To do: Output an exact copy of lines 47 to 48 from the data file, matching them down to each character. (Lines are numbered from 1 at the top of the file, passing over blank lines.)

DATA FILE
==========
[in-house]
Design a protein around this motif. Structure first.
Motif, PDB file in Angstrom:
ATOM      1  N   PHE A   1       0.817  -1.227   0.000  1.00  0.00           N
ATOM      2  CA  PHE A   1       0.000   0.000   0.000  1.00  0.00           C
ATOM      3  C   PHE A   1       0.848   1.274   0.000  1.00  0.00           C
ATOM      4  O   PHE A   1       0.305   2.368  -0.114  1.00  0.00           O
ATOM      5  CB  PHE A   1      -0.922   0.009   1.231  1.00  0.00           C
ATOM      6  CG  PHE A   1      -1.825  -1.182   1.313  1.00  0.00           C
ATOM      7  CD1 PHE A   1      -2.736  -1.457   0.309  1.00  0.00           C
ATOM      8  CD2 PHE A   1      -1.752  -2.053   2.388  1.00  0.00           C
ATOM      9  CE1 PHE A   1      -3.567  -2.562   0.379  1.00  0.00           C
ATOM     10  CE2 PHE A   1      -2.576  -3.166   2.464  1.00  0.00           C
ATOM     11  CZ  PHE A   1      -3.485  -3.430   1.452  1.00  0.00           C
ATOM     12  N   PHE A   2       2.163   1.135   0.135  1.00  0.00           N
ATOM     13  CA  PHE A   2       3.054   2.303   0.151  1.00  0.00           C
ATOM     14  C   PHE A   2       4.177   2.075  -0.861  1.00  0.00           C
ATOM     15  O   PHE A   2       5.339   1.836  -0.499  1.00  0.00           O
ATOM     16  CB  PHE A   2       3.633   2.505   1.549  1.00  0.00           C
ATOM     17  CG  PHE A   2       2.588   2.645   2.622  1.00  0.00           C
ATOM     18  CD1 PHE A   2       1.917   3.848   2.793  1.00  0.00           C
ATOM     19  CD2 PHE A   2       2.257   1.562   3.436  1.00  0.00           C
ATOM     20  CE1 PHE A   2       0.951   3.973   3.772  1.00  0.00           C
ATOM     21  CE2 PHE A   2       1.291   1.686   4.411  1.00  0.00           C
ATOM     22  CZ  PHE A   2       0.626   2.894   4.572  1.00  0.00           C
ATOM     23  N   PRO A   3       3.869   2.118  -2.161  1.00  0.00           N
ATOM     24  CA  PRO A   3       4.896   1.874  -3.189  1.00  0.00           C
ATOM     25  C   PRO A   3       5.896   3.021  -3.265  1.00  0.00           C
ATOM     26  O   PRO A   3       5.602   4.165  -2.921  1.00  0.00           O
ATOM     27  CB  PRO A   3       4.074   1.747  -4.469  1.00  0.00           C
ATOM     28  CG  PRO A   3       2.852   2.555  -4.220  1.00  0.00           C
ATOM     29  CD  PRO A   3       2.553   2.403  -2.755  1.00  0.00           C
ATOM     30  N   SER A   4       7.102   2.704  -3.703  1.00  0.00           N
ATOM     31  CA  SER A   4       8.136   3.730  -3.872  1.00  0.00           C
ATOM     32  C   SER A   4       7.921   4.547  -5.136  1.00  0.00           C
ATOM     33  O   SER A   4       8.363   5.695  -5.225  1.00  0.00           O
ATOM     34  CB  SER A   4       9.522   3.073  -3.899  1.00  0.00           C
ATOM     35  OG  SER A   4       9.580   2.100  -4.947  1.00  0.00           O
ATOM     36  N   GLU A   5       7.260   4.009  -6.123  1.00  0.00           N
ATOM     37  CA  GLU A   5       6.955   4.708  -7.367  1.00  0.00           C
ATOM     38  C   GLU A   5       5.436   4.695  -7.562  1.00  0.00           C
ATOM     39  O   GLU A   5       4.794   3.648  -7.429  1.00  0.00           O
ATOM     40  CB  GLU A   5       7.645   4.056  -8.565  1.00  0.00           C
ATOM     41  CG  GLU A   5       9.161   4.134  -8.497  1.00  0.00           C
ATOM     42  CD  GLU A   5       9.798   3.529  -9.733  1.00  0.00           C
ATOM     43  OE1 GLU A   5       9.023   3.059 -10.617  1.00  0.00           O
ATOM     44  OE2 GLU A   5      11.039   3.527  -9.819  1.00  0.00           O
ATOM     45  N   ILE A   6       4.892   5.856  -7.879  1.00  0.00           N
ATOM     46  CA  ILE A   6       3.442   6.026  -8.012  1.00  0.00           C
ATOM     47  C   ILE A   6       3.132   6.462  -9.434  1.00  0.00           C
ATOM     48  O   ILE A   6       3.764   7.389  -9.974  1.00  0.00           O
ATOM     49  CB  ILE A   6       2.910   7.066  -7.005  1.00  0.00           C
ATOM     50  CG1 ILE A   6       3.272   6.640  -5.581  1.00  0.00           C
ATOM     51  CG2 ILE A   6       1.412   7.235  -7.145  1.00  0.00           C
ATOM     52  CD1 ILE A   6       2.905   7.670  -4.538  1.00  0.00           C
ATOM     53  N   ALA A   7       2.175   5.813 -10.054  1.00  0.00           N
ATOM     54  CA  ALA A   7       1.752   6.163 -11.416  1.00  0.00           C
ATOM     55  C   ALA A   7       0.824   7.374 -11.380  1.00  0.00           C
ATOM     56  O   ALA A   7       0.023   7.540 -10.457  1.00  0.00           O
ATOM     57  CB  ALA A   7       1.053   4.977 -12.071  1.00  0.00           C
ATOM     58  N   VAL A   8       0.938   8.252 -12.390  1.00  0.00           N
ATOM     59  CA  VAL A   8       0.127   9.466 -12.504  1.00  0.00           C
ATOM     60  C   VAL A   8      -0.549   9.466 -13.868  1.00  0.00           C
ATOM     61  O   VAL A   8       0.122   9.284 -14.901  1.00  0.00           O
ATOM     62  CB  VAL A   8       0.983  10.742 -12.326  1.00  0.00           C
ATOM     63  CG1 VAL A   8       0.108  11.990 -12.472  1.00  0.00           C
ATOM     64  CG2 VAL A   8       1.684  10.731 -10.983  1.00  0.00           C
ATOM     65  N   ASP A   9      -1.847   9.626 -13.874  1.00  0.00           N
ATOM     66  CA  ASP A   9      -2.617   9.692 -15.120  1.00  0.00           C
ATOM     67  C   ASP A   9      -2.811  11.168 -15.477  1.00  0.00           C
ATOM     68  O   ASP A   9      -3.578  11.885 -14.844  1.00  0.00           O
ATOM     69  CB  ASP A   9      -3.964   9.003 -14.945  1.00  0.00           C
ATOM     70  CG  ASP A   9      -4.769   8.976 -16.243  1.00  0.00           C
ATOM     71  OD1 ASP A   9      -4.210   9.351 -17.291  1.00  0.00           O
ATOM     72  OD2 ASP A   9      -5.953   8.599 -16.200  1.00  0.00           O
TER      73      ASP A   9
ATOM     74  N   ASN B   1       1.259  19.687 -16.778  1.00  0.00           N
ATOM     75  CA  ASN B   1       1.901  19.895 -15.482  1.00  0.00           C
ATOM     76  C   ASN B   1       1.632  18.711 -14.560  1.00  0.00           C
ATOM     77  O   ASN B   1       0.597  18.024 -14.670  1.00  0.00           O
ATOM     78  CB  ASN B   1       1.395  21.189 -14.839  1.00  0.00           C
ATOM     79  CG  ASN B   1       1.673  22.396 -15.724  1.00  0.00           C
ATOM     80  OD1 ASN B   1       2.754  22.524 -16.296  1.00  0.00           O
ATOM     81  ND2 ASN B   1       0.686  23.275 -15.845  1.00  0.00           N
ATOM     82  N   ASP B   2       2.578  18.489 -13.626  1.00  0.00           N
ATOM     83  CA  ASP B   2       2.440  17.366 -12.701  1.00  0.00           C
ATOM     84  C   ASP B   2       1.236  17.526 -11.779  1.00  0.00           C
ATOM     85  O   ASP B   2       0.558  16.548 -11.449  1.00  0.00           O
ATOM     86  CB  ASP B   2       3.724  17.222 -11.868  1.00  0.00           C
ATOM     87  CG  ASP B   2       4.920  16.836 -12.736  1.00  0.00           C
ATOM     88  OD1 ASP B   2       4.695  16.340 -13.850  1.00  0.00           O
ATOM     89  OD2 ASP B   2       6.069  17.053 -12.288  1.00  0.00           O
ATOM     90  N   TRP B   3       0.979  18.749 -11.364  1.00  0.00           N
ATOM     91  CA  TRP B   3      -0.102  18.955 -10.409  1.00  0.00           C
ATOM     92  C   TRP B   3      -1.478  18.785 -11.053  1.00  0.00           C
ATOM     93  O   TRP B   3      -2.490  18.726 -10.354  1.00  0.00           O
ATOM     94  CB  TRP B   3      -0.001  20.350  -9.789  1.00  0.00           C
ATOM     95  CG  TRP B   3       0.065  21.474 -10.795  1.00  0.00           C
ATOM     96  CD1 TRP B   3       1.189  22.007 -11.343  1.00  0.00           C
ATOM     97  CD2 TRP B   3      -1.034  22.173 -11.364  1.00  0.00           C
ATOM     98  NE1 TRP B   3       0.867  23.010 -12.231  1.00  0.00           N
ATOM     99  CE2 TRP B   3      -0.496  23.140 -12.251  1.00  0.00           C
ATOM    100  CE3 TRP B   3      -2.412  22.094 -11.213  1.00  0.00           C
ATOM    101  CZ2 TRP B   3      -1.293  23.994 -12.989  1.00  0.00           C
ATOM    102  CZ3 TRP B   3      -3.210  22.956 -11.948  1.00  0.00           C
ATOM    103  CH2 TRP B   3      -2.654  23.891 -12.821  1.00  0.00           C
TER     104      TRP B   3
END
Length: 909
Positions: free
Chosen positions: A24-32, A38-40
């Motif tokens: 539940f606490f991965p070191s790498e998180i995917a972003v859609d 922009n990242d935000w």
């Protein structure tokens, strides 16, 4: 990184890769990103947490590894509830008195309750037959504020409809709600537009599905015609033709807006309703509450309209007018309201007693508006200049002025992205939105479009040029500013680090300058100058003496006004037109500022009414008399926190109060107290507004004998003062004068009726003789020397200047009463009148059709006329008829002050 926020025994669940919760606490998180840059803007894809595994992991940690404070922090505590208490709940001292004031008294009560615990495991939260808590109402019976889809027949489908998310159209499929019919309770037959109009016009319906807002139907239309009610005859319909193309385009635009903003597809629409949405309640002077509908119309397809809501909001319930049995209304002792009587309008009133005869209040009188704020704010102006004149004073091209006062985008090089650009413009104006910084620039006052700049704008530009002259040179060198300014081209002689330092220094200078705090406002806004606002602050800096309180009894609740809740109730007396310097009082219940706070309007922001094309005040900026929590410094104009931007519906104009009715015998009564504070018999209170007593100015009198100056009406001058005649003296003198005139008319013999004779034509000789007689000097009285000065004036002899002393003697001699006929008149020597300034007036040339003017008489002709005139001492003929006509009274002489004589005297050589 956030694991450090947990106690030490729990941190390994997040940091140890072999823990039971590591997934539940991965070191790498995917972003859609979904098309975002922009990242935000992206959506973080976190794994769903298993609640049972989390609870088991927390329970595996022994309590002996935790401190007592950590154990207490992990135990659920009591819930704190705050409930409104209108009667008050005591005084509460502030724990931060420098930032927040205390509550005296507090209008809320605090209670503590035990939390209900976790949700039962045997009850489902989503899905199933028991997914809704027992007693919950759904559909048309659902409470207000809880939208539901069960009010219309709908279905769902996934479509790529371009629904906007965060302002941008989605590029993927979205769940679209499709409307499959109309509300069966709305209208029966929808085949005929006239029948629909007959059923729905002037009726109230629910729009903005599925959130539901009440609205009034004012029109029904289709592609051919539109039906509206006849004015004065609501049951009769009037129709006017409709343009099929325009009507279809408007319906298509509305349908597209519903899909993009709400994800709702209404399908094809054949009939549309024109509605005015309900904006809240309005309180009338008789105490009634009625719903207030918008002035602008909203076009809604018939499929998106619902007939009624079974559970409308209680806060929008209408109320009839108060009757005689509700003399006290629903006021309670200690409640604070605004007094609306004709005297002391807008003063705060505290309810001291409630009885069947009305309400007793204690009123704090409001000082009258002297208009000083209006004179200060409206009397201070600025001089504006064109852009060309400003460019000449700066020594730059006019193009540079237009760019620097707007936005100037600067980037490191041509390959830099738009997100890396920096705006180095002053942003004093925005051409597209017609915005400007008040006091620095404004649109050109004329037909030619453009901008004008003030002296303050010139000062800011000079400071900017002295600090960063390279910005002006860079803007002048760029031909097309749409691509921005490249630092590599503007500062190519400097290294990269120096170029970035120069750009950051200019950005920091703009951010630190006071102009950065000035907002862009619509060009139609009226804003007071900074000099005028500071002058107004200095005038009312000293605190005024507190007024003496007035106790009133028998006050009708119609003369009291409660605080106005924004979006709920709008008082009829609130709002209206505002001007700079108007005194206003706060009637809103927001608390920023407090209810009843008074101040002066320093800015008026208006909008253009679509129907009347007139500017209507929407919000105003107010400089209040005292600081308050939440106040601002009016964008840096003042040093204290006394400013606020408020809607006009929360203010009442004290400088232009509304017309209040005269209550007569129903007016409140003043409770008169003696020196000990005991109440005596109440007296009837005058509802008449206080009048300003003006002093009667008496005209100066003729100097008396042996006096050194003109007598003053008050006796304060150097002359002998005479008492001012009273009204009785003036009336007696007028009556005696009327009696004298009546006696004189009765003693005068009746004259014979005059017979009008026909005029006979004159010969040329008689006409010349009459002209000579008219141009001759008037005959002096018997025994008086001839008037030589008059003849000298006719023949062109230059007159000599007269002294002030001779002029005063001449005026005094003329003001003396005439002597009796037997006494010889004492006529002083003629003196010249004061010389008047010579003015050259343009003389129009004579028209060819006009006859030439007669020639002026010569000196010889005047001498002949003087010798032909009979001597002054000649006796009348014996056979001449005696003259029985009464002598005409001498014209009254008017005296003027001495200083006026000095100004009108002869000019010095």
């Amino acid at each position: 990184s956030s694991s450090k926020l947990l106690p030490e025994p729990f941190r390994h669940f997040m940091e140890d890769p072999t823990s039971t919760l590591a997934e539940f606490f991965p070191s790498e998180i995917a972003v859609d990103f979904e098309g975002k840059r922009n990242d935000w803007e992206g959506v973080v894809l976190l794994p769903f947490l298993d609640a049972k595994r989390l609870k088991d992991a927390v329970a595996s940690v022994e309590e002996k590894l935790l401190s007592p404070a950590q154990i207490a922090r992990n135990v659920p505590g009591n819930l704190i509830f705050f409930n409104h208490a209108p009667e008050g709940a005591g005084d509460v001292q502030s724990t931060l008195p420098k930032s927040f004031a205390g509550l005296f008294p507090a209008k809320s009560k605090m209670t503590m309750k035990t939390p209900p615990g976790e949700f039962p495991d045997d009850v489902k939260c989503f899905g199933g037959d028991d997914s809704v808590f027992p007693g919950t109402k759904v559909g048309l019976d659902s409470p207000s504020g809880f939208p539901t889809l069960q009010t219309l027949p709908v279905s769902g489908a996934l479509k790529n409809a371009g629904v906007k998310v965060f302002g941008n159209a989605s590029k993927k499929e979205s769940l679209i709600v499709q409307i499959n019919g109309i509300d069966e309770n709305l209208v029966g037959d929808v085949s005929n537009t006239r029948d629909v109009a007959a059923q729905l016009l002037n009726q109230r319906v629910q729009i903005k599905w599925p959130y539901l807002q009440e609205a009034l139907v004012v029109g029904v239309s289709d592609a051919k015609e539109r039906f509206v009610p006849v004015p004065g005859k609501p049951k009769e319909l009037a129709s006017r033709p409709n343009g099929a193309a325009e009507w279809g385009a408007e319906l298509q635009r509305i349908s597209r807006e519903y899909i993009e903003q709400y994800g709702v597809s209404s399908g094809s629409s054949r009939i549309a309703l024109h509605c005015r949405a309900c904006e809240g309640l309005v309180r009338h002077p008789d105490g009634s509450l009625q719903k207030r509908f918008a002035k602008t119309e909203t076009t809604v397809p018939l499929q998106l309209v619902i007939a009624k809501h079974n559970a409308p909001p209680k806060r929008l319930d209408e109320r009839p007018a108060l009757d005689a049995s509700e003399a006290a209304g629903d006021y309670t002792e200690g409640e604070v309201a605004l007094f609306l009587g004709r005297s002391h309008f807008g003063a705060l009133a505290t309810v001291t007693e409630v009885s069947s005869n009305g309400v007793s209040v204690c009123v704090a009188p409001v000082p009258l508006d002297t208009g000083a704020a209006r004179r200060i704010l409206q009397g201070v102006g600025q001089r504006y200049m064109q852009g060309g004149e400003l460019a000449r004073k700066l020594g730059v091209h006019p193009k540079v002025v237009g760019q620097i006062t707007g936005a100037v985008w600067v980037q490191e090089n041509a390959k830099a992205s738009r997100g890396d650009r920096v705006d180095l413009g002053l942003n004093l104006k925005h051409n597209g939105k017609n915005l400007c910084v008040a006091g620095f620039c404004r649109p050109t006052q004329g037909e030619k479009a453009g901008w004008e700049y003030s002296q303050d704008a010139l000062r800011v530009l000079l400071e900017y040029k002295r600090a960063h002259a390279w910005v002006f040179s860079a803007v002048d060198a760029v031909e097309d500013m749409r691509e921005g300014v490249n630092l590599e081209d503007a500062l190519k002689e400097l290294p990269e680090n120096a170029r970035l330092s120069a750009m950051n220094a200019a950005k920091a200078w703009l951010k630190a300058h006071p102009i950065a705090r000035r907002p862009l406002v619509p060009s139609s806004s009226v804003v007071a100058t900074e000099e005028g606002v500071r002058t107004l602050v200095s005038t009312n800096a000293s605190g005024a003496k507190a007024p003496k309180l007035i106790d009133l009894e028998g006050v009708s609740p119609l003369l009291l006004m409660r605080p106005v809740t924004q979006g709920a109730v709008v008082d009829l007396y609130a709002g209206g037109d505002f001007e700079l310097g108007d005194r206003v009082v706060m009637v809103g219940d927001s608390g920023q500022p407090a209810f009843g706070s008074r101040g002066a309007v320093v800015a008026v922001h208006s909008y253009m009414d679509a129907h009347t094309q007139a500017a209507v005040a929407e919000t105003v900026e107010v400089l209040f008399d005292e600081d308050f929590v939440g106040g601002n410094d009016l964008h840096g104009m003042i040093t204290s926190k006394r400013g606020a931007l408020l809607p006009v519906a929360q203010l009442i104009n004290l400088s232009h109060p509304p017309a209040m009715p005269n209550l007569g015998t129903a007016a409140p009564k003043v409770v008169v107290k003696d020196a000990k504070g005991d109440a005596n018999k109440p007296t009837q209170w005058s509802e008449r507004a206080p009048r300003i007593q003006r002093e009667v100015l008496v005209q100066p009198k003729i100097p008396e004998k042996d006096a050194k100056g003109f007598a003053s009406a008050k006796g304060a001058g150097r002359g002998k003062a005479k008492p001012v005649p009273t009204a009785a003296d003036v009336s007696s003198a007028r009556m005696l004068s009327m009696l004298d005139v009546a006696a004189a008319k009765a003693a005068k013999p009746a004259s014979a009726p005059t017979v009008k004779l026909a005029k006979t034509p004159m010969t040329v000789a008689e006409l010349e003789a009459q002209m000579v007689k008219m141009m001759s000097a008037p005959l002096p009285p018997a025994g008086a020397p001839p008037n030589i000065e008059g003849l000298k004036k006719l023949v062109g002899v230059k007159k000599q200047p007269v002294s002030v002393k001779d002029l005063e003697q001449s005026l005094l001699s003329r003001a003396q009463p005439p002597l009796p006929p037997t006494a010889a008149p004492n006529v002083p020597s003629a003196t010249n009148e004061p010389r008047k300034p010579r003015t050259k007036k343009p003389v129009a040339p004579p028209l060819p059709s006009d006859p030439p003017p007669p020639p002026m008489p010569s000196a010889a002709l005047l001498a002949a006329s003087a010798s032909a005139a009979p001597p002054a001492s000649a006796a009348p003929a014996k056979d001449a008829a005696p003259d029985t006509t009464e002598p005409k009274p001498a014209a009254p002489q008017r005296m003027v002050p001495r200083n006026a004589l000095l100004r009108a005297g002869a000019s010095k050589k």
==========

ATOM     44  OE2 GLU A   5      11.039   3.527  -9.819  1.00  0.00           O
ATOM     45  N   ILE A   6       4.892   5.856  -7.879  1.00  0.00           N